University of Alicante (SPAIN)
About this paper:
Appears in: ICERI2010 Proceedings
Publication year: 2010
Pages: 2678-2683
ISBN: 978-84-614-2439-9
ISSN: 2340-1095
Conference name: 3rd International Conference of Education, Research and Innovation
Dates: 15-17 November, 2010
Location: Madrid, Spain
The subject “Industrial Inorganic Chemistry” is an optional one-semester subject for students of Chemical Engineering Degree at the University of Alicante. Students of the fourth and fifth course can follow this subject. All co-authors of the current study have been responsible of this subject during the period 2001-2002 till 2009-2010, and 68 students have been enrolled on the subject during this period of time, with an average number of students of 7.6 students/academic course.

A conventional methodology was followed during the period 2001-2002 till 2008-2009, where the teacher presented the students the contents of the program supported by power point/slides presentations. The knowledge acquired by the students was evaluated by written exams at the end of the semester, and the final marks came from this exam.

A continuous evaluation-based experimental approach was followed during the 2009-2010 course. At the beginning of each topic, the students got a number of questions along with selected bibliography about the topic. Most of these questions must be answered by the students out of the classroom with the help of the support material provided. In every 60 minutes class, only about first 15-20 minutes were dedicated by the teacher to explain the critical points of each topic, and the remaining time was dedicated to comment about questions of the students or to solve the difficulties rose during the previous preparation of the answers. During this discussion, the students had access to bibliography, both books and PC with internet connection. The aim of the teacher was not to answer the questions (only those that really required it) but to provide the students tools to solve the questions themselves. Every week, a written report with the answers of each student was evaluated and returned to the students with the teacher’s comments and corrections. Each student got a mark based on these reports and the final mark of a student was calculated as the average value of these partial marks.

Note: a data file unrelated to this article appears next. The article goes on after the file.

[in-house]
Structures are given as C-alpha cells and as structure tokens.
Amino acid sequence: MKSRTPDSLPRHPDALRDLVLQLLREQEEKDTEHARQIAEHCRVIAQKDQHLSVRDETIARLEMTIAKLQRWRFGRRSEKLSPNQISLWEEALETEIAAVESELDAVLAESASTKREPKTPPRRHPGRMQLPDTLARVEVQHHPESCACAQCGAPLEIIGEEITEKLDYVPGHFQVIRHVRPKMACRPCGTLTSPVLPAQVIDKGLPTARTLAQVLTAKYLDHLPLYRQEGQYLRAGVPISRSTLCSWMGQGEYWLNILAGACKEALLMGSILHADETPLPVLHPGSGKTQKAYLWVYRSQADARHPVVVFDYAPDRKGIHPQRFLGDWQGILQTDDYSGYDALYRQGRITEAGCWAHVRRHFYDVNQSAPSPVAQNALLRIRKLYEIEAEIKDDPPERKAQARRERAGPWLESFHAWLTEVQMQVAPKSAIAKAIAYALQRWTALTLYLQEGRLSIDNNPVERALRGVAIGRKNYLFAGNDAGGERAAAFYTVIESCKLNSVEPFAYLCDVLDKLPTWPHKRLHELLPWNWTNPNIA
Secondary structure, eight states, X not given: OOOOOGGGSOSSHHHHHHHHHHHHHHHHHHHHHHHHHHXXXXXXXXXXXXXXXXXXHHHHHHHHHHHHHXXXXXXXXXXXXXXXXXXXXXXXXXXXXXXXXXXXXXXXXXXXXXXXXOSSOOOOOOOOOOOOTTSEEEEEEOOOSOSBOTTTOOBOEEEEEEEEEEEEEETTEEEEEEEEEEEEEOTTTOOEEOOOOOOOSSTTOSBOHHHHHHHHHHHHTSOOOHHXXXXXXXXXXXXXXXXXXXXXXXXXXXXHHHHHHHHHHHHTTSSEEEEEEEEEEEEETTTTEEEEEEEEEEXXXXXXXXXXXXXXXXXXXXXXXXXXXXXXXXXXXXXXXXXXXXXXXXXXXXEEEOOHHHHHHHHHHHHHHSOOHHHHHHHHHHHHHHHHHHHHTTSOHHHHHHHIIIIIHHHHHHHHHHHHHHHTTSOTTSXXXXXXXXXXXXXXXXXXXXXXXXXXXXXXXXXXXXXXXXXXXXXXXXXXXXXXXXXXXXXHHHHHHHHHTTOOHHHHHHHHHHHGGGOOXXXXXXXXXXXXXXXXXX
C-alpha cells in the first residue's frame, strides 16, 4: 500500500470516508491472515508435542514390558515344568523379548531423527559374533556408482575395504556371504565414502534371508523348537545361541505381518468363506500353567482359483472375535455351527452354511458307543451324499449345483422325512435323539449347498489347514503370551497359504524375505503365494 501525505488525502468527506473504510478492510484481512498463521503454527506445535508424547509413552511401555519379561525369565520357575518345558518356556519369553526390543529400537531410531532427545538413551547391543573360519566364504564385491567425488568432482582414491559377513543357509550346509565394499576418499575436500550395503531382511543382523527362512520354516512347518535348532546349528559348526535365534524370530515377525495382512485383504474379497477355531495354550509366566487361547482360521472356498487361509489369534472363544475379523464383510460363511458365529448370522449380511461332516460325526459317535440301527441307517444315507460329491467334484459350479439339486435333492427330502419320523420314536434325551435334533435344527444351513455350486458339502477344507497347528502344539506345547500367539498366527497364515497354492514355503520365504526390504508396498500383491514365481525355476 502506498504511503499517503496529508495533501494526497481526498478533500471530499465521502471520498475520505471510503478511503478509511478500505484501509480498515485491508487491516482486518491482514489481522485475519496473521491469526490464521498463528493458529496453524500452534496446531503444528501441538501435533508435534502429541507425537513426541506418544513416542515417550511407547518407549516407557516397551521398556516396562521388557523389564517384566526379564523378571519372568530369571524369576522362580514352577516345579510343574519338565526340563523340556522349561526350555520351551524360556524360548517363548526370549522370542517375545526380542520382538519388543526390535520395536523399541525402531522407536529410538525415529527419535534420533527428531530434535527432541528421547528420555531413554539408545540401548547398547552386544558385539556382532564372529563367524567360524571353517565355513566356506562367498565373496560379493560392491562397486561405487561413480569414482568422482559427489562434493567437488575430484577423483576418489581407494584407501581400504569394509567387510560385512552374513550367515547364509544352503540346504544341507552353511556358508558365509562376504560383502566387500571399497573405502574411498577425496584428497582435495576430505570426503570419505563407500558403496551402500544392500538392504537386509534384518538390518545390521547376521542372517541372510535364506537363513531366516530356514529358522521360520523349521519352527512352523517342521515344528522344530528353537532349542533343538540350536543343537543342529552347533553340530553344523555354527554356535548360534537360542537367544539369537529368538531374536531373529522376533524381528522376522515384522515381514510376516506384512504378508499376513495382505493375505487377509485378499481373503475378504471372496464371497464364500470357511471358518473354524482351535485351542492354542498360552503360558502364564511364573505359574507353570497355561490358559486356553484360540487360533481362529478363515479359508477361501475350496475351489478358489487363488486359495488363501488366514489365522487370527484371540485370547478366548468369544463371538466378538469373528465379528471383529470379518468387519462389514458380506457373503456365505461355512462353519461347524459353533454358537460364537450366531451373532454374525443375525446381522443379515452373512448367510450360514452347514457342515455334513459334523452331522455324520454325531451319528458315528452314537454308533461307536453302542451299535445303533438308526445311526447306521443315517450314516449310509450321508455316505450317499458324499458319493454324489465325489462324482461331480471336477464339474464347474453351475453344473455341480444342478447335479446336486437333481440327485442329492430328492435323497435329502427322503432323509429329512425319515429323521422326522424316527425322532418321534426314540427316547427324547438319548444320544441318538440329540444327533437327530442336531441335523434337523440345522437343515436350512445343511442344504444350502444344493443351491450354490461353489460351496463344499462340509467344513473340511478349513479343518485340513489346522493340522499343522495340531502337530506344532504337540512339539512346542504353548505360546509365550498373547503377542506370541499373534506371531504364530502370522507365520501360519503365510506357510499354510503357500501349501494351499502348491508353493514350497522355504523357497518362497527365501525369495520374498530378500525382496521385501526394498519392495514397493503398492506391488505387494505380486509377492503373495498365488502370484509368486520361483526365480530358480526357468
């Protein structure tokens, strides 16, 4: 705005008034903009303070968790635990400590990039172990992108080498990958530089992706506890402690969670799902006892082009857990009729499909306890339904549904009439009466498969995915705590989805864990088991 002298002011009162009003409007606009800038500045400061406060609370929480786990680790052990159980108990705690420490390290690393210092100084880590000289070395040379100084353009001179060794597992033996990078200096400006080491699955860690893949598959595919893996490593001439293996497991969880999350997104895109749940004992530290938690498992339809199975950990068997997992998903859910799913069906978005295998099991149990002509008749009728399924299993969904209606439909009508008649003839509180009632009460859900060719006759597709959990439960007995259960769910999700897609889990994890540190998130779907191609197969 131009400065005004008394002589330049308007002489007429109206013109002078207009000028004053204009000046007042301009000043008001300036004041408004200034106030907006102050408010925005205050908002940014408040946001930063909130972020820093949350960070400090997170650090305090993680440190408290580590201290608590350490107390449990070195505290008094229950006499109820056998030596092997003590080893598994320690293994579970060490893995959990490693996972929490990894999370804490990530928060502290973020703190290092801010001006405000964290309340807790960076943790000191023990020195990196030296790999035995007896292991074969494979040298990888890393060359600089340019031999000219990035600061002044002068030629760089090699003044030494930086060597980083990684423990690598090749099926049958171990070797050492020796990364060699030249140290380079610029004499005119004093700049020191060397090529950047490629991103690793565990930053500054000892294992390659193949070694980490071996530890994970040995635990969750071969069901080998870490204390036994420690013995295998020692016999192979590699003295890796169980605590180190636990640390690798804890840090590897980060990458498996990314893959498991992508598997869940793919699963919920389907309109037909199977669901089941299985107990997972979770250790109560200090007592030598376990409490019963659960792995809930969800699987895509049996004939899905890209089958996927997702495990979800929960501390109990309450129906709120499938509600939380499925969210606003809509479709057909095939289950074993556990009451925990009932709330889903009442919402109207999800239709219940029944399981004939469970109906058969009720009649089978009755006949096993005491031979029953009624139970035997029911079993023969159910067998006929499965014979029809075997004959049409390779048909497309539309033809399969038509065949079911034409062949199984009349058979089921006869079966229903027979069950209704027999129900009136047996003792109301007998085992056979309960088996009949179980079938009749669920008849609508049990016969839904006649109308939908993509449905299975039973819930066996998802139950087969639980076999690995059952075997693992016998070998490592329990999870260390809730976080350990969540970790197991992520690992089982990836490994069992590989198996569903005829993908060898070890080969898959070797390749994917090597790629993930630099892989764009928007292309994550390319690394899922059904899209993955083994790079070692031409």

In order to compare the results of both teaching and evaluating approaches, the students of the 2009-2010 course also passed an exam at the end of the semester. This exam had some particular features: (i) the students didn’t know about this exam in advance, that is, they didn’t prepare the exam but they just answered the questions with the background acquired during the semester; (ii) all questions of the exam were similar to question included in previous years exams; (iii) the marks of this exam were not taken into account to calculate the final marks of the students, but were just considered for research purposes.
The main conclusion of this study is that the students get similar marks in the final exam, regardless the teaching methodology used. However, the continuous evaluation approach has several quantified benefits: (i) the students attended more regularly to the classes and (ii) the students enrolled on the subject didn’t drop out before finishing the semester. In addition, there are several subjective conclusions that must be underlined, like that the students get more familiar with the different sources of information about the topics or that the atmosphere during the classes is more participative.